12 big Metro hospitals hit ‘critical risk’ level
As the National Capital Region (NCR) and nearby provinces begin a two-week lockdown today, 12 of the 22 major hospitals in Metro Manila are already at critical risk in terms of their ICU capacity.
Seven of the hospitals have actually reached their full ICU capacity as of Aug. 2, namely East Avenue Medical Center, Chinese General Hospital and Medical Center, Metropolitan Medical Center, Quirino Memorial Medical Center, San Juan de Dios Foundation Inc., University of Perpetual Help Dalta Medical Center and VRP Medical Center.
The ICU occupancy rates of the rest were critically high: Capitol Medical Center (85.71 percent), Ospital ng Makati (91.57 percent), UP-Philippine General Hospital (83.3 percent), V. Luna Medical Center (90 percent) and St. Luke’s Medical Center (90.9 percent).
The list was based on the monitoring of the Metropolitan Manila Development Authority (MMDA) and was presented by its chair, Benhur Abalos, in a recent meeting with NCR mayors and business leaders.
In terms of bed occupancy, which included COVID wards, the MMDA said East Avenue Medical Center, Metropolitan Medical Center, National Children’s Hospital, University of Perpetual Help Dalta Medical Center, Philippine General Hospital (PGH), VRP Medical Center and V. Luna Medical Center were also classified as being at critical risk.
In an Aug. 2 memorandum to all NCR hospitals, the Department of Health (DOH) ordered the conversion of some of their facilities to accommodate new cases and to increase their COVID-dedicated beds by 50 percent.
In anticipating an increase in COVID-19 infections, the DOH also ordered the suspension of scheduled hospital procedures, “but (still) ensuring continuity of essential services..for patients needing specialized care.”
It also ordered the safeguarding of health-care workers through alternate staffing and hiring additional manpower for a backup pool of hospital workers.
The One Hospital Command Center (OHCC) hotline also recorded a 400-percent jump in calls so far this month, indicating the rising number of COVID-19 infections.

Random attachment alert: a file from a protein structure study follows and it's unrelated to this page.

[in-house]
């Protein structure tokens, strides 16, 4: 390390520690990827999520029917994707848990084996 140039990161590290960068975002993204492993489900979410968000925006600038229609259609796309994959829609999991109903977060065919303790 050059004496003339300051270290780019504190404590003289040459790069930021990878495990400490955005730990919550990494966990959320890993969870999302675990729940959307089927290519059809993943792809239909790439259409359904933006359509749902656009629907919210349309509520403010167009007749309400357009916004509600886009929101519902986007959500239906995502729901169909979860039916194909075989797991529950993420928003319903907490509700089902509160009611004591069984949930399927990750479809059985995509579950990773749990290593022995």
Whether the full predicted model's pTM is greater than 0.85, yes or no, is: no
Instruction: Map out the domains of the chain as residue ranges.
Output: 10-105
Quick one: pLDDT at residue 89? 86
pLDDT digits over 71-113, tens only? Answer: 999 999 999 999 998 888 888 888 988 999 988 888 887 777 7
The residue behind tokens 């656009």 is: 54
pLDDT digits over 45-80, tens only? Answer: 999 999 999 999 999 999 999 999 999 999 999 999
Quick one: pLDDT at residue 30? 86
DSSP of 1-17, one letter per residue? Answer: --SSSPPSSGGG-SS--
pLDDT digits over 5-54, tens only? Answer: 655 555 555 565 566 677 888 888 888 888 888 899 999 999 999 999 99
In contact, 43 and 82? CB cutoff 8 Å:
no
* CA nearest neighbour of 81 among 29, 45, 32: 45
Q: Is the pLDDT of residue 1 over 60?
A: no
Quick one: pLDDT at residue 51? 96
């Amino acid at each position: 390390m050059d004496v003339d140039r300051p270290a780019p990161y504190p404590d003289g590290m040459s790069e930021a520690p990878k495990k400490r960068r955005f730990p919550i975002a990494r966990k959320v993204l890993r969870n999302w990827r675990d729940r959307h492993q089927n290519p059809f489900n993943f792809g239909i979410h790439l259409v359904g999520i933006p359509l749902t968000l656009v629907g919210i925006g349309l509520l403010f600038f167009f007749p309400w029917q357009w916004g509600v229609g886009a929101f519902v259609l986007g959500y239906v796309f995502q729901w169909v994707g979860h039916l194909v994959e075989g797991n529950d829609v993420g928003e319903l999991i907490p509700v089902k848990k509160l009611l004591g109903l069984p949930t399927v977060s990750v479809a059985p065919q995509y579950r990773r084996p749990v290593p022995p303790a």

The OHCC is an inter-agency project led by the DOH and the Inter-Agency Task Force for the Management of Emerging Infectious Diseases (IATF) to ensure an efficient health facility referral system in Metro Manila.
In an online press briefing on Thursday, OHCC operations manager Dr. Bernadett Velasco said they received an average of 600 calls a day in the past three days, a four-fold increase from the June average of 120 calls. It was also double the 300 calls received each day by the hotline in July, she said.
Of those who reached out to the OHCC, about 40 percent were referred to hospitals, another 48 percent to isolation centers and temporary treatment and monitoring facilities, while the rest involved consultations and inquiries, according to Health Undersecretary and treatment czar Leopoldo Vega.
Most calls to the 24-hour hotline came from Metro Manila, Calabarzon and Central Luzon.
Velasco also said during the briefing that the OHCC came up with a surge capacity plan after it noticed the increasing trend in the volume of calls the hotline received in recent days.
New Delta cases
The DOH on Thursday also said it recorded 8,127 new COVID-19 cases, which brought the country’s total case count to 1,627,816.
In a separate bulletin, the health department, along with the University of the Philippines-Philippine Genome Center (UP-PGC), announced that the country’s genomic surveillance effort detected an additional 116 cases of the more transmissible Delta variant of COVID-19, thought to be fueling the surge in infections in the country.
Of the 116 new cases, 82 percent or 95 were local cases. One was a returning overseas Filipino, and the DOH said it was still trying to determine the travel history of the remaining 20 cases.
Majority or 83 of the local cases have indicated addresses in the NCR, while three were from Calabarzon. Four cases have addresses in Central Visayas, two in Davao Region, and one each in the Zamboanga Peninsula, Cagayan Valley and Ilocos Region.
The 116 newly detected Delta cases have been tagged as recovered, the DOH said. The latest round of whole genome sequencing brought the country’s total tally of Delta variant cases to 331.
However, the UP-PGC was able to sequence less than 1 percent of all COVID-19 cases in the country, indicating that the occurrence of the Delta variant in the country could be higher.
The DOH also said 113 cases of the Alpha variant and 122 cases of the Beta variant were also detected.
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